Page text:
German government bonds rose sharply on Monday. By midday, for example, the trend-setting futures contract Euro-Bund-Future climbed by 1.3 percent to 135.54 points. The yield on ten-year German government bonds fell significantly to 2.31 percent. The trend was similar in other euro area bond markets.

The turbulence in the US banking sector continues to dominate the situation on the financial markets. At the weekend, the Ministry of Finance, the central bank and the deposit insurance authority said that deposits with the struggling bank SVB and another institution would be protected. The US Federal Reserve (Fed) launched a new loan program to provide banks with liquidity.

On the financial markets, this calmed the situation only briefly. The stock markets came under considerable pressure, while German government bonds, which were perceived as safe, rose. At the same time, expectations of the Fed's course were scaled back. For example, the major US bank Goldman Sachs no longer expects a further interest rate hike for the next Fed meeting in just over a week.

On the capital markets, the development caused considerable interest rate pressure. Yields fell significantly, especially in the shorter maturities. In the shorter maturity range, expectations of monetary policy usually have a stronger effect than in the longer maturities. Interest rate expectations for the European Central Bank (ECB), which will make its next decision this Thursday, also weakened in the markets.

Euro at highest level for a month

At the beginning of the week, the euro lost a large part of its daily gains by noon. The common currency cost 1.0667 US dollars on Monday afternoon, only slightly more than before the weekend. In early trading, the euro had risen to $1.0737, its highest level in about a month. The European Central Bank (ECB) had set the reference rate on Friday afternoon even lower at 1.0586 dollars.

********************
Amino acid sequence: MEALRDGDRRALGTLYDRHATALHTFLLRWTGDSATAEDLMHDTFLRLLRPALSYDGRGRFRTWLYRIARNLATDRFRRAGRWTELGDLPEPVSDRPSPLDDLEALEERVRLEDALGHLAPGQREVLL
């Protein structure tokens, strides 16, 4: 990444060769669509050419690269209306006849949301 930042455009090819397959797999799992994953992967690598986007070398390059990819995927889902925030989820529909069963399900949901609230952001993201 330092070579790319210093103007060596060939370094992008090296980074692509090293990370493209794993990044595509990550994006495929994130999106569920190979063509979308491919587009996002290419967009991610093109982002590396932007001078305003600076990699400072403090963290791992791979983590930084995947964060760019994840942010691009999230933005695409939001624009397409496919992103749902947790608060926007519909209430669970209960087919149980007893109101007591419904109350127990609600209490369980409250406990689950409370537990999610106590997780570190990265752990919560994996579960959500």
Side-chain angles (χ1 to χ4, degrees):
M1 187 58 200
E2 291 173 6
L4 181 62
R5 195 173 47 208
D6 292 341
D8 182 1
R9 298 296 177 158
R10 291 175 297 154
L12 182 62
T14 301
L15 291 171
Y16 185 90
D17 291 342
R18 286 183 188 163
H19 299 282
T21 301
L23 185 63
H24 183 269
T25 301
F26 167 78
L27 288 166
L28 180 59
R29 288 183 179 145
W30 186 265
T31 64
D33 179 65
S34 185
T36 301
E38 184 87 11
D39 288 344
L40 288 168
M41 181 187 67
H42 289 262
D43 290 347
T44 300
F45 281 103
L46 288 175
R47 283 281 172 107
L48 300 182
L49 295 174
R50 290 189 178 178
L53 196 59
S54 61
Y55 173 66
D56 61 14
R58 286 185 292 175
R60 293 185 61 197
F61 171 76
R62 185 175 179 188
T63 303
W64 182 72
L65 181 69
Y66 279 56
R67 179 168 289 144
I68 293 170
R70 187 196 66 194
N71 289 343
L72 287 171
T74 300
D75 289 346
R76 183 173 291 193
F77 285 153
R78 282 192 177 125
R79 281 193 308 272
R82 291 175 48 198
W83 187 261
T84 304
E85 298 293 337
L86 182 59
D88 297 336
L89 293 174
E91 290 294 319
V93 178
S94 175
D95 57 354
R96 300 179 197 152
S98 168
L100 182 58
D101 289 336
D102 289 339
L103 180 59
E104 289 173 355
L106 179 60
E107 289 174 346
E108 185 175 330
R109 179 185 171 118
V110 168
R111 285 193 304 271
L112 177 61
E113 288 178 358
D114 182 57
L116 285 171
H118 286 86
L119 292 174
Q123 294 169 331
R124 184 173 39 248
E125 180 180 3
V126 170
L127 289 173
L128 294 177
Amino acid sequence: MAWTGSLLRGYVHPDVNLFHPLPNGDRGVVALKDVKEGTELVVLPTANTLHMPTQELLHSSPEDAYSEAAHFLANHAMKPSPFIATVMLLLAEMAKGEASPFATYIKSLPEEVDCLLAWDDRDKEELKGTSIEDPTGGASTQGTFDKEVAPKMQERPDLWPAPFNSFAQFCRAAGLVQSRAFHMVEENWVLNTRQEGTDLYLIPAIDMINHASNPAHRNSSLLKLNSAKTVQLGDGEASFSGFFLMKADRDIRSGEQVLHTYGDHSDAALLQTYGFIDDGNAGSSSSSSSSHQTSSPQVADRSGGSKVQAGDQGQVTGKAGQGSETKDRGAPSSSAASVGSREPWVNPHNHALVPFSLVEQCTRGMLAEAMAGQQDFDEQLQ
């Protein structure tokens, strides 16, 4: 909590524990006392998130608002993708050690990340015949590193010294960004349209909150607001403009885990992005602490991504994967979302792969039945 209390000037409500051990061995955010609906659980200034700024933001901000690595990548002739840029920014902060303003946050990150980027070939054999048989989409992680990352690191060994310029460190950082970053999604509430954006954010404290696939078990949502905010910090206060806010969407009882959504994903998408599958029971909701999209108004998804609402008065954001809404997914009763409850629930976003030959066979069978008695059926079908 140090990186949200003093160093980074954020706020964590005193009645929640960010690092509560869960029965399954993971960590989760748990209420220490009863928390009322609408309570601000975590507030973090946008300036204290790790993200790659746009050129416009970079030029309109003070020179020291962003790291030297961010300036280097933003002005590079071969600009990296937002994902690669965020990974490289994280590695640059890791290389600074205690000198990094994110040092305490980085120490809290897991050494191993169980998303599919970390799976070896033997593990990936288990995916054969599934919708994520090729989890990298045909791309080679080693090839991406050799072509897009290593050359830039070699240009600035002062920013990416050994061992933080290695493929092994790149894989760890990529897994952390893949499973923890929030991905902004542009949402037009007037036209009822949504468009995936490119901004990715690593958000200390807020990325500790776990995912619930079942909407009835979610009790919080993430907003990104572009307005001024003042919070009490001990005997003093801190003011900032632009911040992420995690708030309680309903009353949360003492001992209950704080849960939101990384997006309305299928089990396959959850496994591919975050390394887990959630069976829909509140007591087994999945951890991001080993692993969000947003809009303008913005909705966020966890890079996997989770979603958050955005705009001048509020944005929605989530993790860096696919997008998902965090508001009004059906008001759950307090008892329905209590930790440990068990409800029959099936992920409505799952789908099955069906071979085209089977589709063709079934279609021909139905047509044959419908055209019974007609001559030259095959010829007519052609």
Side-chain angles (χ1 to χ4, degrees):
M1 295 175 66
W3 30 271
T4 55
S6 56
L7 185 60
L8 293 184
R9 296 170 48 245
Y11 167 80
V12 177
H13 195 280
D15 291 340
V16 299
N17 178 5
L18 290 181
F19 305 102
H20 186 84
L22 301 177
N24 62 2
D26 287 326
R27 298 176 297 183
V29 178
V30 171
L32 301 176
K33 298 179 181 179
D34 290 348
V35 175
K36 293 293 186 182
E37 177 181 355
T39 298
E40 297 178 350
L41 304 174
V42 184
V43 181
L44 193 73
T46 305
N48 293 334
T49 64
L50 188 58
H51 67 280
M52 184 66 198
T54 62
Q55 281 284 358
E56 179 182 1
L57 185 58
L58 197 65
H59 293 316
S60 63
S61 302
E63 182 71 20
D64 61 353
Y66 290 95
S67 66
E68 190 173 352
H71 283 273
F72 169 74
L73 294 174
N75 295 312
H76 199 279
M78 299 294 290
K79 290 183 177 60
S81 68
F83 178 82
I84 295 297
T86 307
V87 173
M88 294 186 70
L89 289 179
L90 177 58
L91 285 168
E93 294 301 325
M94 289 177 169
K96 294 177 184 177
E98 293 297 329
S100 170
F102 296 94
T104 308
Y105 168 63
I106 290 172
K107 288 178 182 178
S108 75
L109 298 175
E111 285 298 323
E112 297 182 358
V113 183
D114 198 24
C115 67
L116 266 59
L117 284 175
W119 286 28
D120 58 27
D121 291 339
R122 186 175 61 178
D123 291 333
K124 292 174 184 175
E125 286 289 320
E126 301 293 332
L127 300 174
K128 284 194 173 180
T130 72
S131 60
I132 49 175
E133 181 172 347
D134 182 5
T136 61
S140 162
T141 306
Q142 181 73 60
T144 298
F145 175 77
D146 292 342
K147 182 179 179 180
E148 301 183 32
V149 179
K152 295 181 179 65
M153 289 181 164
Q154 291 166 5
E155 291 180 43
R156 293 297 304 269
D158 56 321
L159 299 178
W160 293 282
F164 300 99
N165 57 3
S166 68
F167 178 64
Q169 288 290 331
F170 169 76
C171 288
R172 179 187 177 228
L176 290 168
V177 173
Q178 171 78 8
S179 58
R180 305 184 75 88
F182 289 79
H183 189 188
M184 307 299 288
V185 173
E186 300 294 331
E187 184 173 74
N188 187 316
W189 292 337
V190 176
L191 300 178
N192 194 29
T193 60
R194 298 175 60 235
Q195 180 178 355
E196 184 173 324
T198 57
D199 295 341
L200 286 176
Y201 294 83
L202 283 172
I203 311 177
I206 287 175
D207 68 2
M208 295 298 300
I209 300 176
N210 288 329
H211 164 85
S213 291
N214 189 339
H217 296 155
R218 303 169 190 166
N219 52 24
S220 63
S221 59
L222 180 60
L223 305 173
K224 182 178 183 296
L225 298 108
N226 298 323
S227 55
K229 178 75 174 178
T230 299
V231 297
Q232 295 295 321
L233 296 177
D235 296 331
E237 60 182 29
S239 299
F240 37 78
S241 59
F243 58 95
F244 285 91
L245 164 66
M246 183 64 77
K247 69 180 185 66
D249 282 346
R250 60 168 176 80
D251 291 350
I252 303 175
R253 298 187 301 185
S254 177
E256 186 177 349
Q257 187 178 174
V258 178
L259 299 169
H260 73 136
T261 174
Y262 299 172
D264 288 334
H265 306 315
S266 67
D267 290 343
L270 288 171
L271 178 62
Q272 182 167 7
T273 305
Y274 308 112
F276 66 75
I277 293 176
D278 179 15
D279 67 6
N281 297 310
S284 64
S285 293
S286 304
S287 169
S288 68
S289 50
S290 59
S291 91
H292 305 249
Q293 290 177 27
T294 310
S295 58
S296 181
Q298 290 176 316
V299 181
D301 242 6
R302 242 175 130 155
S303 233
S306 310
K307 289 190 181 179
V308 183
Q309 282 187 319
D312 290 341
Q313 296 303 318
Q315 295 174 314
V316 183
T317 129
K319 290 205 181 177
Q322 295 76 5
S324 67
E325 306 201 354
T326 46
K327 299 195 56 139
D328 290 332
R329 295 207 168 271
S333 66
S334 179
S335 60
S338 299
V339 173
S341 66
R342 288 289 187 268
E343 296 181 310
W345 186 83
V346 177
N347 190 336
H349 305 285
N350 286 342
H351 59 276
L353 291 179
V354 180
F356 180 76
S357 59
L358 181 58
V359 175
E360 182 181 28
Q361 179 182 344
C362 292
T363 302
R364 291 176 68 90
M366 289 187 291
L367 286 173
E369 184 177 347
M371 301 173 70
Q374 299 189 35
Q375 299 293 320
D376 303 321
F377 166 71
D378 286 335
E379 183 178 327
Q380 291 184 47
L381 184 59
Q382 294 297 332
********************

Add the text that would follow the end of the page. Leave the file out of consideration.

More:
The US dollar was under pressure against many other major currencies. The trigger is falling interest rate expectations for the US Federal Reserve due to the turbulence in the US banking sector.

In view of the turbulence surrounding Bank SVB, memories of the financial crisis of 2008 and the financial market near-death experience at that time are likely to be awakened, wrote foreign exchange analyst Ulrich Leuchtmann of Commerzbank. But the world is different today than it was then: "Politics, central banks and financial market participants have learned. In particular, instruments exist today to contain such crises." They would have had to be created in 2008 and beyond. And because they did not exist then, the contagion effects were higher then than they should be today.

On the financial markets, however, the situation calmed down only briefly. Stock markets continued to plummet amid continued turmoil in the US banking sector. As a result, demand for the dollar, which is regarded as an anchor of stability in turbulent times, has recently risen again.